So, this is what happens: Ants are working hard together in that nest mainly to bring up hundreds of babies. They come out to get food and bring it back to the nest, then they chew it up and place it on their larvae. Larvae will swallow and digest the food for them. Especially protein. Larvae secrete nutrient-rich liquids back to the ants, which is their main source of amino acids and fatty acids.

Who lays eggs to produce larvae? Queens.*

What happens when queens die? No eggs, hence no larvae.

What happens when there are no larvae? Bad nutrition, ultimately no reason for the nest. Ants gradually get disorganized, and after a few weeks they die.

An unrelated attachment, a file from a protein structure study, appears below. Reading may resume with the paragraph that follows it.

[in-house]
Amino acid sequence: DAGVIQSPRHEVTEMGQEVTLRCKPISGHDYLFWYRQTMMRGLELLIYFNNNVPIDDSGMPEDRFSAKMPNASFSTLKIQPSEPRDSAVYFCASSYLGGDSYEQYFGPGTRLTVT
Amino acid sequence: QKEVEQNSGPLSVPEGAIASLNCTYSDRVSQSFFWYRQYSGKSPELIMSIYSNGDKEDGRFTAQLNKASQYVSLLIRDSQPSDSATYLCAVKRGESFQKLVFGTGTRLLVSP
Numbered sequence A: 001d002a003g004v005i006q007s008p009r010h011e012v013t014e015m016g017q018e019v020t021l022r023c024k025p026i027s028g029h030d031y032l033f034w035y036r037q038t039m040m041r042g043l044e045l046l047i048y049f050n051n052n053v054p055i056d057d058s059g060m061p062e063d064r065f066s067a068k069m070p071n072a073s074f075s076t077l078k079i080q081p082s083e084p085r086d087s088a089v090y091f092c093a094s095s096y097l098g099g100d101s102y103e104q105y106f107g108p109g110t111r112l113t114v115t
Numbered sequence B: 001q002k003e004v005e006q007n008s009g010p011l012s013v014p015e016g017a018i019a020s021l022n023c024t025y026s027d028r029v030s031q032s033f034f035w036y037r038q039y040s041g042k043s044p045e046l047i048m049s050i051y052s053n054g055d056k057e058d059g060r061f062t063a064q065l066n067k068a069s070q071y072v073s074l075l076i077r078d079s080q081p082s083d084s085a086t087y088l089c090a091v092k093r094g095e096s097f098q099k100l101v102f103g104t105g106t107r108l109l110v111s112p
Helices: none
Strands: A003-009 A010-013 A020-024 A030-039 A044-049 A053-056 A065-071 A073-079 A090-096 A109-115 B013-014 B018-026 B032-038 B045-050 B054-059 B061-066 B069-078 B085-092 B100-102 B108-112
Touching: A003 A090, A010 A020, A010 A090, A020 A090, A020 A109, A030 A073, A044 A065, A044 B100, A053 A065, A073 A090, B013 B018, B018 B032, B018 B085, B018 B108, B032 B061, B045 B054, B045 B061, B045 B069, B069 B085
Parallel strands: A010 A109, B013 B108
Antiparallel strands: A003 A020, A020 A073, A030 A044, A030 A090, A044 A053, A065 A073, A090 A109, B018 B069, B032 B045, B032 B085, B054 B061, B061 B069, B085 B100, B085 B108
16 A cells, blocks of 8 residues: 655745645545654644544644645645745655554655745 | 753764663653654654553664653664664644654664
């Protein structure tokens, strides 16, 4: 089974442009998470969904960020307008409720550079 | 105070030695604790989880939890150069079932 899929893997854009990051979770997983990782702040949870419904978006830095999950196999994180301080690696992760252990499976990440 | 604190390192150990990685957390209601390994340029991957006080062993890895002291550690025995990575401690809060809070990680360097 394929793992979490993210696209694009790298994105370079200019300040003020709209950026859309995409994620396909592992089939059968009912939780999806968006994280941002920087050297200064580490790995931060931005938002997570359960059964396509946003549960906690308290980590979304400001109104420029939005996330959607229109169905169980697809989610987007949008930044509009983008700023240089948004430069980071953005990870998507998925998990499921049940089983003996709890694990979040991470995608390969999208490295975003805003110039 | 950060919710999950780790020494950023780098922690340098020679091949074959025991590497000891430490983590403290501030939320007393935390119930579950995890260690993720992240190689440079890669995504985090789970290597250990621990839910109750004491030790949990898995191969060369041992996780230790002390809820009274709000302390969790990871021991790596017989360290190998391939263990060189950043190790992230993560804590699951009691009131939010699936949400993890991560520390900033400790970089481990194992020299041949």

Wasps and more "primitive" ants can more easily produce a new queen who will be the next mated female in the hierarchy. However, if none of them is fertile enough and mated, the nest won’t last long. Bees work differently.

* Important technical notice: Queens normally live longer than workers. Nowhere in this answer did I mean to imply that larvae can somehow enable workers to live as long as queens!

This post originally appeared on Quora. Click here to view.

How Much Is Game of Thrones Author George RR Martin Worth?

Kevin Winter, Getty Images
Kevin Winter, Getty Images

by Dana Samuel

Unsurprisingly, Game of Thrones took home another Emmy Award earlier this week for Outstanding Drama Series, which marked the series' third time winning the title. Of course, George RR Martin—the author who wrote the books that inspired the TV show, and the series' executive producer—celebrated the victory alongside ​the GoT cast.